That may have been her goal, but from what I know about Grace’s past, I believe the question stems from insecurities about where she stands in a relationship. I struggle with those same doubts, as perhaps most people do when embarking on a new association, whether it’s personal or business.
She’s had two marriages. Her son and a daughter were from her first—which lasted only six years, and was fraught with her ex-husband’s infidelities. The second was almost four times longer and ended when she became a widow. That was seven years ago.
I had only one marriage that endured longer than both of hers combined before I called it quits. With my ex, what I did was never enough. Never enough money, affection, attention. My worth, to her, was ultimately reduced to what I could give her. Our three children have the same mindset. My relationship with them is strained, at best.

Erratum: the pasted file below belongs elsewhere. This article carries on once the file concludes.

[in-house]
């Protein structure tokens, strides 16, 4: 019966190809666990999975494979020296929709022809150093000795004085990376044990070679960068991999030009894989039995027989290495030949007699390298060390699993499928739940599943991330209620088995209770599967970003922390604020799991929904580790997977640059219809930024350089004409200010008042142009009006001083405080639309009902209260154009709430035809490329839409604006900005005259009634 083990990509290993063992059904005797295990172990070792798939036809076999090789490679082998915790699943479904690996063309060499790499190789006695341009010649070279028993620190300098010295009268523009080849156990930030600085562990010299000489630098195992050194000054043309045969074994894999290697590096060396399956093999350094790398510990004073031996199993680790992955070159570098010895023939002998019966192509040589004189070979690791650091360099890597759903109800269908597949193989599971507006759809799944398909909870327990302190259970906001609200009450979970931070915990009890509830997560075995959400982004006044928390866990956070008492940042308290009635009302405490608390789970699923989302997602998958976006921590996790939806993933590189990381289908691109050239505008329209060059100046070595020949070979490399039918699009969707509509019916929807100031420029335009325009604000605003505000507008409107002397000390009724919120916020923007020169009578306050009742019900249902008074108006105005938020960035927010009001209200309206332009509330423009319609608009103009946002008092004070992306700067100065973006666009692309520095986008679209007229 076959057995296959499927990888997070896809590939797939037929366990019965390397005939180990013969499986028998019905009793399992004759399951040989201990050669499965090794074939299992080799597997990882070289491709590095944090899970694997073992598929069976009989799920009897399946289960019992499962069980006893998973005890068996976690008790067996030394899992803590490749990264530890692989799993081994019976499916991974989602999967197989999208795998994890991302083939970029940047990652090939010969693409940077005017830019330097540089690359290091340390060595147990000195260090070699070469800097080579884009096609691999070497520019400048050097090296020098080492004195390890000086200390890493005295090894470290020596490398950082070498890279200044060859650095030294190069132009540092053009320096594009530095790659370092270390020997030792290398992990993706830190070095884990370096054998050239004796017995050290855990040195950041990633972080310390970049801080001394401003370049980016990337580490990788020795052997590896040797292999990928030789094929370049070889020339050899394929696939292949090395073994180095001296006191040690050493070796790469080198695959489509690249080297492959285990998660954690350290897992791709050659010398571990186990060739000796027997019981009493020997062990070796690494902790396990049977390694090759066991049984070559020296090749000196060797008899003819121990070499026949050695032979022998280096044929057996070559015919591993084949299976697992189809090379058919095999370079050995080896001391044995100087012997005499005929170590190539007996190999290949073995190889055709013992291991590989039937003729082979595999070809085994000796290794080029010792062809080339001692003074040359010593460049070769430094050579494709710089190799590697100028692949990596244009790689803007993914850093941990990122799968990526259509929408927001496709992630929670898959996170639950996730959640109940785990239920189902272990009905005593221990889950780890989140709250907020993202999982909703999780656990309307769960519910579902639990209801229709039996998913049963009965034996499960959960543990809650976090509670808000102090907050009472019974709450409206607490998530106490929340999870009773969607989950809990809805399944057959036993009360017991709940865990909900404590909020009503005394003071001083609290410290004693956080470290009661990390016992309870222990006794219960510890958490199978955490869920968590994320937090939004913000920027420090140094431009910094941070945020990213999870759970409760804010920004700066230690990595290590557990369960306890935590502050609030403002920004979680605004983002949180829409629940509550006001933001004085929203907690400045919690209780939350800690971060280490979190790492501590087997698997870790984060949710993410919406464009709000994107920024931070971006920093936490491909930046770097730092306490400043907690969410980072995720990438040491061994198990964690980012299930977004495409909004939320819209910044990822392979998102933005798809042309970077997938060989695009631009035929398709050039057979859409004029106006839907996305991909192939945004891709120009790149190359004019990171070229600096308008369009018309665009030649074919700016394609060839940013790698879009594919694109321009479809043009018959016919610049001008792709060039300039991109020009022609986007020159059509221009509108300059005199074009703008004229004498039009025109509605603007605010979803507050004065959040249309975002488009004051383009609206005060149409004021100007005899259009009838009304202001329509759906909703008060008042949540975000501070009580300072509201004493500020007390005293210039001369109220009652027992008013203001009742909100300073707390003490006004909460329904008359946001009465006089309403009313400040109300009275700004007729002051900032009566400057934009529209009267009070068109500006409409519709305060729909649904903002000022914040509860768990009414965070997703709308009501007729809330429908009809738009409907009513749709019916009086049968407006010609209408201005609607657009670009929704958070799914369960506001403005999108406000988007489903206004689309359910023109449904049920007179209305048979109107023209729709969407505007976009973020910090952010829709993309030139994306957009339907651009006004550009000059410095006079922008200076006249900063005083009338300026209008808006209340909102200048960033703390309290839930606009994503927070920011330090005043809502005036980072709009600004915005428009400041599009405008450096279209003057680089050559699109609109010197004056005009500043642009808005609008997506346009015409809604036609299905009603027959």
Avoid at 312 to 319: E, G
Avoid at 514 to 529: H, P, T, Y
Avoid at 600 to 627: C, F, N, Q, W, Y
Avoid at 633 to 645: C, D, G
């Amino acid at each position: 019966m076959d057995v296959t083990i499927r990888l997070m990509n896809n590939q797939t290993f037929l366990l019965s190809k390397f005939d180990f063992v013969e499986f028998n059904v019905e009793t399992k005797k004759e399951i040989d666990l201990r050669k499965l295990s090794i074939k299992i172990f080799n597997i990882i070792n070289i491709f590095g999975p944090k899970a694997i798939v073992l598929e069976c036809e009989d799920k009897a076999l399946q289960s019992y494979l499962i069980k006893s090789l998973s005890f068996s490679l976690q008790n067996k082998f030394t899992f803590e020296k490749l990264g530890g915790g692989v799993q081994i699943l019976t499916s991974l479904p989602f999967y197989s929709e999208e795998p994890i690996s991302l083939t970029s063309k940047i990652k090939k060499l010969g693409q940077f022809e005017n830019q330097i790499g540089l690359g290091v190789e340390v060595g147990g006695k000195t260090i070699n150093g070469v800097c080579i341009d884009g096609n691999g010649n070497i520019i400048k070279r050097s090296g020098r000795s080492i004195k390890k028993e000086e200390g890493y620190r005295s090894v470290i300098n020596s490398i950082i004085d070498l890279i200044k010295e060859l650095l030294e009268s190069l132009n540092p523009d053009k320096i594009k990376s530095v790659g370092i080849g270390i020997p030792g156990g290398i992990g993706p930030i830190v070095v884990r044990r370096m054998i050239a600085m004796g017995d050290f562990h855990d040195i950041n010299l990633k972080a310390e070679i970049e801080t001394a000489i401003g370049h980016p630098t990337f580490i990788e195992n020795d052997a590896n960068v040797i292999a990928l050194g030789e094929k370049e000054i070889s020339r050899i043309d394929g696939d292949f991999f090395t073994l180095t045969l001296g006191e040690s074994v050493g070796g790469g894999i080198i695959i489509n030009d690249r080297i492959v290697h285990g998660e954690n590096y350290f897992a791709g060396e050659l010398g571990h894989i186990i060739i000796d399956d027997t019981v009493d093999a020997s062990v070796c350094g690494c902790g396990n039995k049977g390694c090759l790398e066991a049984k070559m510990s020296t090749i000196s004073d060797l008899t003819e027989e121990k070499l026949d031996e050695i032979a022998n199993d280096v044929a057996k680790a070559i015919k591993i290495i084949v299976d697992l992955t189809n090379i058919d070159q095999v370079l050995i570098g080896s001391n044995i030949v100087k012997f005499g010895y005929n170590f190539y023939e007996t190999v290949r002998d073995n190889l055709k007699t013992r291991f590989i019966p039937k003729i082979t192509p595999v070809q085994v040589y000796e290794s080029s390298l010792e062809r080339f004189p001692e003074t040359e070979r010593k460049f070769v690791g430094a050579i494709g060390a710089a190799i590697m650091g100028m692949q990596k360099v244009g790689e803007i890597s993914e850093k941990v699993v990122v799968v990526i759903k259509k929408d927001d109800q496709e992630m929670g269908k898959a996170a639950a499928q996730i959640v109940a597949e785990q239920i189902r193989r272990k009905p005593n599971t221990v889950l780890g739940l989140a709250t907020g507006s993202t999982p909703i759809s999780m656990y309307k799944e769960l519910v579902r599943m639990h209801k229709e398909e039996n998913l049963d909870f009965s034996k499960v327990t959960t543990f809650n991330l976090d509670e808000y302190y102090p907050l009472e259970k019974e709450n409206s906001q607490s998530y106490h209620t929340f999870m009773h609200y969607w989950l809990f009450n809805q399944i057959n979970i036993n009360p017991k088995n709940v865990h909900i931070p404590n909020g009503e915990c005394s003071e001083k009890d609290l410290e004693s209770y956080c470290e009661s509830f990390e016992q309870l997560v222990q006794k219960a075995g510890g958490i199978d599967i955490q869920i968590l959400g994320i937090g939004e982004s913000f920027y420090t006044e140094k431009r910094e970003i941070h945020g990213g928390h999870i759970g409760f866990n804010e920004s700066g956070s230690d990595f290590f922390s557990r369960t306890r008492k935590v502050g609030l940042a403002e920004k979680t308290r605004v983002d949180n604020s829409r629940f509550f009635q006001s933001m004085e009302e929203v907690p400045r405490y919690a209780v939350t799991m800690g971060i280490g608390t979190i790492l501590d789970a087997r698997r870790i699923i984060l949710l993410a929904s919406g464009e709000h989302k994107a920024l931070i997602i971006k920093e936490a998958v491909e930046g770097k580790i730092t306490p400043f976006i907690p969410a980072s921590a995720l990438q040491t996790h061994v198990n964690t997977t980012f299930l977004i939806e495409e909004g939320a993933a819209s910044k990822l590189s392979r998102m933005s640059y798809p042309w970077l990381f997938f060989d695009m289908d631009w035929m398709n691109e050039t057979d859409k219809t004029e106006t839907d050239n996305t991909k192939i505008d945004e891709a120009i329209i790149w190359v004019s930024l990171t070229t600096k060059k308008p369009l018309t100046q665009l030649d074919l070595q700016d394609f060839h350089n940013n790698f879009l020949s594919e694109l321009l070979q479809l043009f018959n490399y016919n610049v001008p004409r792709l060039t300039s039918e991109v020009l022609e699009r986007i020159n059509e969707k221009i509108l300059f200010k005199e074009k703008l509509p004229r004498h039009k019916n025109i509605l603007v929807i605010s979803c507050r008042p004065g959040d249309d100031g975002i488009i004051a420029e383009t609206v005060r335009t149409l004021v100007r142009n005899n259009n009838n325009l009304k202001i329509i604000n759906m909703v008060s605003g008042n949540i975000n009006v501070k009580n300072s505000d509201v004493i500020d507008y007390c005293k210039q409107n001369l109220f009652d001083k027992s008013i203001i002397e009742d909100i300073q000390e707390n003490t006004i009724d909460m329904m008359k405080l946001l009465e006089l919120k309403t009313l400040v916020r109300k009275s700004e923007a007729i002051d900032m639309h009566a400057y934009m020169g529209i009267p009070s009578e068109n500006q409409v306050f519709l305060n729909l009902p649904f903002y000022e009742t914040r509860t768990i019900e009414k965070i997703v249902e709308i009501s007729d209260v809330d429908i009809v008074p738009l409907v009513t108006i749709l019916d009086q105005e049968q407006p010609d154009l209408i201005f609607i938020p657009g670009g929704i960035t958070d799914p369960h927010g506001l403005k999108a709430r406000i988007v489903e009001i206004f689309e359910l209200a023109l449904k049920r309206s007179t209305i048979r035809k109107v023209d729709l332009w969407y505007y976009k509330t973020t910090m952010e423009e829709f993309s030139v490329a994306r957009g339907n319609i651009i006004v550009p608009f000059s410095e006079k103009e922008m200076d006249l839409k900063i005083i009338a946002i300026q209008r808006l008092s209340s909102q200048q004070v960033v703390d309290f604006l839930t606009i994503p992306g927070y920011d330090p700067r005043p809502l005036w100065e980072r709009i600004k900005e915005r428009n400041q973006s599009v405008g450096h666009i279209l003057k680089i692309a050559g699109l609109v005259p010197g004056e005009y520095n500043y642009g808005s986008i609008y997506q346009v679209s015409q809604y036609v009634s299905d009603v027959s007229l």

Grace and I have shared morsels about our past relationships, her more than me. I’ve lived my life on a need-to-know basis; the truth comes out in dribs and drabs at my convenience. Perhaps—no, not perhaps—I know that was one of the many reasons my marriage ended in a heap of hot, smoking ash. I reluctantly shared that with Grace. She asked me to promise her that I would do better in our relationship. I said I would, and I always do my best to keep promises.
I’ve managed most of my insecurities: not being a good enough provider or father and husband, which stem from my previous marriage. There are probably also a few that I’m not conscious of, or willing to admit, but I still feel their effects. Those are buried so deep that some shrink attempting to excavate them, like an archaeologist digging for the bones or artifacts of an ancient civilization, would likely first find Jimmy Hoffa’s body.
Most of Grace’s questions are innocuous and odd, but somewhat humorous. She can be so endearing, but it’s when she asks questions about us that those entombed skeletons uncover themselves and rise to the surface. I don’t know why I’m unable to keep them interred.
I tried to deflect. “So, let me ask you the same question. How would you describe our relationship?”
“I asked you first, Lewis. I’m calling your hand.”